“You just experienced project-based learning.
What did the teacher in you learn?”

The teacher in me learned that project-based learning can be both frustrating and brilliant. The student in me was reminded how challenging it can be to be patient. The teacher in me was reminded about the importance of scaffolding.

Use of technology: In this course, I gained new tech tools and ideas on how to build technology into the classroom and curriculum. Understanding technology is a current “gate-keeper,” so I appreciate us being pushed to both learn it and teach it to one another. I think it is critical to use technology in the classroom to connect with students in a digital era, but also to help them succeed in it.

The iBooks project helped me gain insight into what it will be like to teach at a constructivist charter school. As a group member, I had to step back and recognize that everyone works differently and at their own pace. I will have to do the same as a teacher, so this was an important lesson.

In my own classroom, I will have more time to help students learn about the technology they are using before we begin a project. If I were to do an iBook project with my class, I would have them work in pairs and I would let students start out with a narrow, specific topic of their choice (within a given theme). I would give them a sort-of “starter” project before jumping into a more complex research project or book. Students will need to have a common understanding of what iBooks can do and how to effectively write for a digital publication. During my student teaching I will be teaching the same groups of students language arts and social studies, so it’s important for me to be thinking about interdisciplinary teaching. I would do a unit on how to write for digital publications and how to conduct online research in language arts, simultaneously with a social studies unit on any given historical topic.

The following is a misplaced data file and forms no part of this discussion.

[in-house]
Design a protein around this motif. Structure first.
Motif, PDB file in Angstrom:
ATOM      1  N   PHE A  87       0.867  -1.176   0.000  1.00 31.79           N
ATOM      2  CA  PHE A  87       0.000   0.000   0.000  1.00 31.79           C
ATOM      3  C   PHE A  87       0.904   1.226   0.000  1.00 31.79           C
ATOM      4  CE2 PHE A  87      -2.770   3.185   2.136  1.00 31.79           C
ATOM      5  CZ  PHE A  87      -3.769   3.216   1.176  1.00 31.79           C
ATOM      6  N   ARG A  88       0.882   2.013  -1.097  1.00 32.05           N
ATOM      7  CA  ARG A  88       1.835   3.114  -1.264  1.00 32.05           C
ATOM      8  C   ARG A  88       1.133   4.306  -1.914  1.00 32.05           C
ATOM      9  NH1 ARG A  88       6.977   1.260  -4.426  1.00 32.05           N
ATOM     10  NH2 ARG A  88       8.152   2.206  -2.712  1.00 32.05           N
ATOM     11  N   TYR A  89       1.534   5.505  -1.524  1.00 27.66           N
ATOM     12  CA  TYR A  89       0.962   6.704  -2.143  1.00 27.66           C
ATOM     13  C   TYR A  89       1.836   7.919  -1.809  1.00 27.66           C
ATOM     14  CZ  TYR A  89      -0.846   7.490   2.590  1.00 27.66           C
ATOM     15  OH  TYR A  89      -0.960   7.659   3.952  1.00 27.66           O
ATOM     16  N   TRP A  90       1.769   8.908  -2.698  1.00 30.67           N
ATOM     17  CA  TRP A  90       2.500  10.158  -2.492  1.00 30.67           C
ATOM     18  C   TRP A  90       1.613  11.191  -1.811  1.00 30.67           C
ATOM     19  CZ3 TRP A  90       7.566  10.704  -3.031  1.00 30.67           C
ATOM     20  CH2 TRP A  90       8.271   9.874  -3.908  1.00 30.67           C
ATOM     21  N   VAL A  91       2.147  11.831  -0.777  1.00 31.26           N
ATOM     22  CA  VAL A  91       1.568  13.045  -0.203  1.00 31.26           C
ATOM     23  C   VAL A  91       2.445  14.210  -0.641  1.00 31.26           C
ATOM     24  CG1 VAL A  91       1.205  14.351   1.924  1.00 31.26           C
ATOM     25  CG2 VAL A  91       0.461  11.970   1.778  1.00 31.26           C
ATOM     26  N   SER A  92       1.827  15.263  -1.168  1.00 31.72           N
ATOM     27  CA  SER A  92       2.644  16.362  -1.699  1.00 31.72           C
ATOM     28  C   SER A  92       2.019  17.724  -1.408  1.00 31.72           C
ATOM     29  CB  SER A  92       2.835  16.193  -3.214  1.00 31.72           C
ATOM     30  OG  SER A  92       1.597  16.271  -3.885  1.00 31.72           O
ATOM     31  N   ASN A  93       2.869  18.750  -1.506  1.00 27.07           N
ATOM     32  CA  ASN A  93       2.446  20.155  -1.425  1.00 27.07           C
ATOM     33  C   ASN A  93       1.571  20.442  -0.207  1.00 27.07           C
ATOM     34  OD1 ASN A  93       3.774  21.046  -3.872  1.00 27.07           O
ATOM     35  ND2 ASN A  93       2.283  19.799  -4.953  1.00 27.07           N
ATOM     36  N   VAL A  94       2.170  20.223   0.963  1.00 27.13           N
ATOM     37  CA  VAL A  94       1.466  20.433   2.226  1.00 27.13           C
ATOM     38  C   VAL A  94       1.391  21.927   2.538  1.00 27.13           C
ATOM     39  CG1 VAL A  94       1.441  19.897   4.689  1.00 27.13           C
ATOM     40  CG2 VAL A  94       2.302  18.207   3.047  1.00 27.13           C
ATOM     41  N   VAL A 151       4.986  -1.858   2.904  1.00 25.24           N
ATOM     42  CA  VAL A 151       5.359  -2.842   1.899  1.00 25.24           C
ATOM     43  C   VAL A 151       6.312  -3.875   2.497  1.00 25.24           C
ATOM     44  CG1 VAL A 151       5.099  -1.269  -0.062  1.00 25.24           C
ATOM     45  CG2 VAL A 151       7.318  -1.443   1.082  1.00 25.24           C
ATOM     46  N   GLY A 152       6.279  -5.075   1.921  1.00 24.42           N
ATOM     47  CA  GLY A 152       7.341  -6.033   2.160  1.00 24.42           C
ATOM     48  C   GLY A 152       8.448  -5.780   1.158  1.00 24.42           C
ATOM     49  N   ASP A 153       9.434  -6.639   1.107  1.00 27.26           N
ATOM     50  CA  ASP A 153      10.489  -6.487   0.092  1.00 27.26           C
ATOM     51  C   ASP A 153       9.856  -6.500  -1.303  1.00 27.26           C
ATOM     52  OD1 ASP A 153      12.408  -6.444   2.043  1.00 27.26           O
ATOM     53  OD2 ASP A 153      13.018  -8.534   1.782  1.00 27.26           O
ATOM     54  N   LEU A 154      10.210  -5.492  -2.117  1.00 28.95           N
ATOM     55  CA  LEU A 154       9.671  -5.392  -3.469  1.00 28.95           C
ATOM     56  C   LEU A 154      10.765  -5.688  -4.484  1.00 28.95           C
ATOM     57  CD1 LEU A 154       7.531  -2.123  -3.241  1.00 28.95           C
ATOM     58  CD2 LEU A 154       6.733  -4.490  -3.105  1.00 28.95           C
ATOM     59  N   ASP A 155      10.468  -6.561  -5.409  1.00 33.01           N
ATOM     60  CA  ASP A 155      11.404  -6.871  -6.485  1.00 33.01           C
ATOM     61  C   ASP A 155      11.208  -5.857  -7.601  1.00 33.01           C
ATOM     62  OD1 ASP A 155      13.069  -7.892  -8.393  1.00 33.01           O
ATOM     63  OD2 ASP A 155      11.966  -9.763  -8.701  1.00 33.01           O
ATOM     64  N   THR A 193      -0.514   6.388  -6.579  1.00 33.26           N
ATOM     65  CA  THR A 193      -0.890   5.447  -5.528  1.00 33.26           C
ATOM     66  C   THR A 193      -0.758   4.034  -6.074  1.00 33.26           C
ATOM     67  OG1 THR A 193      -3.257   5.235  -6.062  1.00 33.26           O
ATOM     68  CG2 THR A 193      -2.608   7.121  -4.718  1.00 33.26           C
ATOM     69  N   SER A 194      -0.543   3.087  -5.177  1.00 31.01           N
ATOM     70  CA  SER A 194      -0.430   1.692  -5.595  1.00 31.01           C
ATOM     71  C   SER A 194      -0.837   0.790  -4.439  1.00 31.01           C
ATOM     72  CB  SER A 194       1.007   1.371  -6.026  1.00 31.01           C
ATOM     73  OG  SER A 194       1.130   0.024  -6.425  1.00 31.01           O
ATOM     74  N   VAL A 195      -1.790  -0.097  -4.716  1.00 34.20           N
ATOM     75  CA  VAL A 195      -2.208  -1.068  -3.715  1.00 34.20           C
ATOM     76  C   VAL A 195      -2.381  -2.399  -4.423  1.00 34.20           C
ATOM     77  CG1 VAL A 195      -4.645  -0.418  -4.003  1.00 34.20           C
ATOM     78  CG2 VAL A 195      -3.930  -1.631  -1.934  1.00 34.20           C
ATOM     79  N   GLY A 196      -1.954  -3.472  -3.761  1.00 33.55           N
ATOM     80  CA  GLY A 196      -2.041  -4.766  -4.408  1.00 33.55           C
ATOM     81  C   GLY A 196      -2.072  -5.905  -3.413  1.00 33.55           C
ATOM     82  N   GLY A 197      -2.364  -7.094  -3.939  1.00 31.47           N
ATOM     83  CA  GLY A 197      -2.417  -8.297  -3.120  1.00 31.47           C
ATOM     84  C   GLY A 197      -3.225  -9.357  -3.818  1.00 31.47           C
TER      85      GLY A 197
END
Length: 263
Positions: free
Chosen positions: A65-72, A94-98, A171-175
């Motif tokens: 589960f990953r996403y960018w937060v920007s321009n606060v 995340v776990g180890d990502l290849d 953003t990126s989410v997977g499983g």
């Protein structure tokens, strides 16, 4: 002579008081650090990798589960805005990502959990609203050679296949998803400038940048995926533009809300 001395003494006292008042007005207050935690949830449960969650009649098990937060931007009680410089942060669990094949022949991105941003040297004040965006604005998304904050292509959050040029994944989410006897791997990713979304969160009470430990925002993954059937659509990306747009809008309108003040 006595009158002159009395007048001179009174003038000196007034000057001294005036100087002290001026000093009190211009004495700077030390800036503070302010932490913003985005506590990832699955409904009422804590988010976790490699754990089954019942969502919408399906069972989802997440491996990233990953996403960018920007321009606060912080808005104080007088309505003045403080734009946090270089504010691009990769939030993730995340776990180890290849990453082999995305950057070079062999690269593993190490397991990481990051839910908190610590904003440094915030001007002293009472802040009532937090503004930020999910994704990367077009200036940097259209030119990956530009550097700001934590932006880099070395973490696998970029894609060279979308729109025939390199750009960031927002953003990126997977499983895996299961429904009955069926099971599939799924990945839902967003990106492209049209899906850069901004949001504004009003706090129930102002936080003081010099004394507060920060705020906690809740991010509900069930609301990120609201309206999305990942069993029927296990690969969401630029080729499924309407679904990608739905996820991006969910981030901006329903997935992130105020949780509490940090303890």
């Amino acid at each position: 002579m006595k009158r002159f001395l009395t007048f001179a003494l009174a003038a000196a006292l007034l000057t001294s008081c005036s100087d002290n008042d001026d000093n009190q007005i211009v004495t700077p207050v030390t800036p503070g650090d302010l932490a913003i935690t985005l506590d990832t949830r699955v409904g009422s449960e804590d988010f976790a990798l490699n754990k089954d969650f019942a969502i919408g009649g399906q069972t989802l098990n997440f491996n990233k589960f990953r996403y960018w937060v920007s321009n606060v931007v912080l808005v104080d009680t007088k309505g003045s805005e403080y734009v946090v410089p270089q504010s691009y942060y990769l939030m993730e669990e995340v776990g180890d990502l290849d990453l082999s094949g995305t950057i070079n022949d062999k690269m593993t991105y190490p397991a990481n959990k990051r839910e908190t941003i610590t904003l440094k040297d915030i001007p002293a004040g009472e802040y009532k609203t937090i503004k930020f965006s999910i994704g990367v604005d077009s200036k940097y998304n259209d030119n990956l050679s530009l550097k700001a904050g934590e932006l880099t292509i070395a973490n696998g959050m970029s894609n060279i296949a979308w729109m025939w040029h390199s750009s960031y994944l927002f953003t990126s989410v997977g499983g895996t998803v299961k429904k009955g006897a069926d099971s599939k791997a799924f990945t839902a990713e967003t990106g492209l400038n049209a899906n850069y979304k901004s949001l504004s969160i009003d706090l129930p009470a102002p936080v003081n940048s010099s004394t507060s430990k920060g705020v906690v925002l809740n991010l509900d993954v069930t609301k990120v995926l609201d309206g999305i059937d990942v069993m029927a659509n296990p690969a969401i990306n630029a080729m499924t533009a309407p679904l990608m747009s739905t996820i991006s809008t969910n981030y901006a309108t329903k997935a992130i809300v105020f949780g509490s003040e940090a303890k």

libraryslamA quick note on place-based learning & using our community resources wisely… It was so exciting to get to spend time in the new museum and archives! This gave a real authenticity to what we were learning about, especially for those of us who couldn’t visit our region. I will absolutely use this space since I’ll be teaching within walking distance of the SLAM building.

Alaska Studies: For my own chapters, I learned a lot about my individual region and learned a little more about commonalities and differences between regions. Through reading other groups’ work, I gained a bit more information about other regions, but not as much about Alaska as a whole. At times, the learning seemed fragmented. Even within my own region, I focused so much on my own sections, that I did not get to really dive deep into others. This is a challenge with project-based learning, it takes time and students miss details when they are focused on their own interests. I appreciated that the course was taught in combination with Angie’s course so we could continue to gain a deeper, cohesive understanding of multi-cultural ed. while working on the iBook. I think before teaching Alaska Studies to my students, I have a lot more learning to do on the big picture, historical timelines, and cultures in each region… but now I’ll have the tools I need to gain a broader and deeper understanding, including an iBook to use in my classroom!

One thought on “PBL”

  1. I am so glad you brought up use of technology. Even though it was central to everything we learned in our Alaska Studies class, I forgot to mention it in my reflection. I loved how we got to learn the technology for ourselves through a totally hands on approach, that way we will not forget how to use it. Just as you mentioned, I would love to use iBooks in my classroom next year.

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